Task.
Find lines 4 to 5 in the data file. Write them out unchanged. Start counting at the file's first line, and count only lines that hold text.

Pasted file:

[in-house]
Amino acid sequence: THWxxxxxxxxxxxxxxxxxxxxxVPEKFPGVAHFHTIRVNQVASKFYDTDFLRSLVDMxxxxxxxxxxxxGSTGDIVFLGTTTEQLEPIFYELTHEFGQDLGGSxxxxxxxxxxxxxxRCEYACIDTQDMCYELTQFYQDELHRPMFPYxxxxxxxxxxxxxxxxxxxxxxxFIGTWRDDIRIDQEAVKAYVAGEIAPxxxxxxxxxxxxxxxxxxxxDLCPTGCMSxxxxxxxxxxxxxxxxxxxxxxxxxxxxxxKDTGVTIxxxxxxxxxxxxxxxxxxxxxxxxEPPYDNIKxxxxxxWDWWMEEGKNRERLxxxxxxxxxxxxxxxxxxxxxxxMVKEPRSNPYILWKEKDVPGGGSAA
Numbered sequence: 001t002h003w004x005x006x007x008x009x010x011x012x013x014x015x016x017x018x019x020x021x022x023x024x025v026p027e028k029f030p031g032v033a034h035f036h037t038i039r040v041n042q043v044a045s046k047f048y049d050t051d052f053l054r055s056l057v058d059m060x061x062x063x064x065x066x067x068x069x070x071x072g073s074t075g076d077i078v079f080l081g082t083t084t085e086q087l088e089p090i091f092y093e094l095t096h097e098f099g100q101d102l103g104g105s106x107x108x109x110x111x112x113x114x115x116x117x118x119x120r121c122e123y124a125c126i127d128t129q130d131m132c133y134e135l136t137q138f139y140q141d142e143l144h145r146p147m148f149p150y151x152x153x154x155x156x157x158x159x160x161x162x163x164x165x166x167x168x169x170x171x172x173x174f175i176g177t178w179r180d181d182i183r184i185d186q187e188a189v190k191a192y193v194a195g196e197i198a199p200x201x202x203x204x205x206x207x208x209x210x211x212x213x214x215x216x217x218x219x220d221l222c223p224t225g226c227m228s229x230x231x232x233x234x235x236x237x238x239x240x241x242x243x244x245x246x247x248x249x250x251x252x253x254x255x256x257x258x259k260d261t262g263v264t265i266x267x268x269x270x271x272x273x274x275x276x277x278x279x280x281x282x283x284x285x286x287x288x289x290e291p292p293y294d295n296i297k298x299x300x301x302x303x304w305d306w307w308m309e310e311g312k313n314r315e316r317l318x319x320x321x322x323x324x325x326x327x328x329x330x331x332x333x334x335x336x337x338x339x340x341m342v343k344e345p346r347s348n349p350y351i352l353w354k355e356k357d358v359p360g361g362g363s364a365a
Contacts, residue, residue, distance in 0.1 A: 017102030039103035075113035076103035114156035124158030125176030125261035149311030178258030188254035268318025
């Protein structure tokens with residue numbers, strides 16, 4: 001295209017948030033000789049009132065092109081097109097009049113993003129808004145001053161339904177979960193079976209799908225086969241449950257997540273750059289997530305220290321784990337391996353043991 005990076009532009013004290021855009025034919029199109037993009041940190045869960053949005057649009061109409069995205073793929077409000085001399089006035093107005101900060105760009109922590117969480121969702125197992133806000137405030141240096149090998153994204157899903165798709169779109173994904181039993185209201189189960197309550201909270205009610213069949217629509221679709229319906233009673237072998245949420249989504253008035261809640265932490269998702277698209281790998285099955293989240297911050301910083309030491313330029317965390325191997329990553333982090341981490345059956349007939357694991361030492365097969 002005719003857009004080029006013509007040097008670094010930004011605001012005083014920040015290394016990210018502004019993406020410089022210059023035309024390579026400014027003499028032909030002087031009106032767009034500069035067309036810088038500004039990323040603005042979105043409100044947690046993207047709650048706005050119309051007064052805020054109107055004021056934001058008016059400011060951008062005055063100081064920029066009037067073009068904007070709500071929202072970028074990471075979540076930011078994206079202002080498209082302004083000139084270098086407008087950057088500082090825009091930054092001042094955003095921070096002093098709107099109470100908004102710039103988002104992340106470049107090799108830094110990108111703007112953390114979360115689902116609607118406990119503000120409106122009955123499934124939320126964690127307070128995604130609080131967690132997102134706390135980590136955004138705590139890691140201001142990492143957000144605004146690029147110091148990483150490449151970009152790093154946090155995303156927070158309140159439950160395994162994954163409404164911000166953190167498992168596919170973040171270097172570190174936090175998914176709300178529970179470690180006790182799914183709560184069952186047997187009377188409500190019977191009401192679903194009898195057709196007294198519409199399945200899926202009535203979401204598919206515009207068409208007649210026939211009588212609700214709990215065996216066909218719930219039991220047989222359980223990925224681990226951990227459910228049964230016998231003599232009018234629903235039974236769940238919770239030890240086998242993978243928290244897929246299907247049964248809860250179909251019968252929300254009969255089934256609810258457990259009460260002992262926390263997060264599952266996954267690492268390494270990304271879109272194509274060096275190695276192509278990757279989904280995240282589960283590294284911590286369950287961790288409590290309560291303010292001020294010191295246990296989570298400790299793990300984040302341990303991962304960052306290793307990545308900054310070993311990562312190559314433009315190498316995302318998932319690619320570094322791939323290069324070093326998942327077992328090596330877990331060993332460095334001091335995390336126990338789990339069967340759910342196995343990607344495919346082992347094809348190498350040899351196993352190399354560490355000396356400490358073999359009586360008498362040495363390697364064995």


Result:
Contacts, residue, residue, distance in 0.1 A: 017102030039103035075113035076103035114156035124158030125176030125261035149311030178258030188254035268318025
């Protein structure tokens with residue numbers, strides 16, 4: 001295209017948030033000789049009132065092109081097109097009049113993003129808004145001053161339904177979960193079976209799908225086969241449950257997540273750059289997530305220290321784990337391996353043991 005990076009532009013004290021855009025034919029199109037993009041940190045869960053949005057649009061109409069995205073793929077409000085001399089006035093107005101900060105760009109922590117969480121969702125197992133806000137405030141240096149090998153994204157899903165798709169779109173994904181039993185209201189189960197309550201909270205009610213069949217629509221679709229319906233009673237072998245949420249989504253008035261809640265932490269998702277698209281790998285099955293989240297911050301910083309030491313330029317965390325191997329990553333982090341981490345059956349007939357694991361030492365097969 002005719003857009004080029006013509007040097008670094010930004011605001012005083014920040015290394016990210018502004019993406020410089022210059023035309024390579026400014027003499028032909030002087031009106032767009034500069035067309036810088038500004039990323040603005042979105043409100044947690046993207047709650048706005050119309051007064052805020054109107055004021056934001058008016059400011060951008062005055063100081064920029066009037067073009068904007070709500071929202072970028074990471075979540076930011078994206079202002080498209082302004083000139084270098086407008087950057088500082090825009091930054092001042094955003095921070096002093098709107099109470100908004102710039103988002104992340106470049107090799108830094110990108111703007112953390114979360115689902116609607118406990119503000120409106122009955123499934124939320126964690127307070128995604130609080131967690132997102134706390135980590136955004138705590139890691140201001142990492143957000144605004146690029147110091148990483150490449151970009152790093154946090155995303156927070158309140159439950160395994162994954163409404164911000166953190167498992168596919170973040171270097172570190174936090175998914176709300178529970179470690180006790182799914183709560184069952186047997187009377188409500190019977191009401192679903194009898195057709196007294198519409199399945200899926202009535203979401204598919206515009207068409208007649210026939211009588212609700214709990215065996216066909218719930219039991220047989222359980223990925224681990226951990227459910228049964230016998231003599232009018234629903235039974236769940238919770239030890240086998242993978243928290244897929246299907247049964248809860250179909251019968252929300254009969255089934256609810258457990259009460260002992262926390263997060264599952266996954267690492268390494270990304271879109272194509274060096275190695276192509278990757279989904280995240282589960283590294284911590286369950287961790288409590290309560291303010292001020294010191295246990296989570298400790299793990300984040302341990303991962304960052306290793307990545308900054310070993311990562312190559314433009315190498316995302318998932319690619320570094322791939323290069324070093326998942327077992328090596330877990331060993332460095334001091335995390336126990338789990339069967340759910342196995343990607344495919346082992347094809348190498350040899351196993352190399354560490355000396356400490358073999359009586360008498362040495363390697364064995």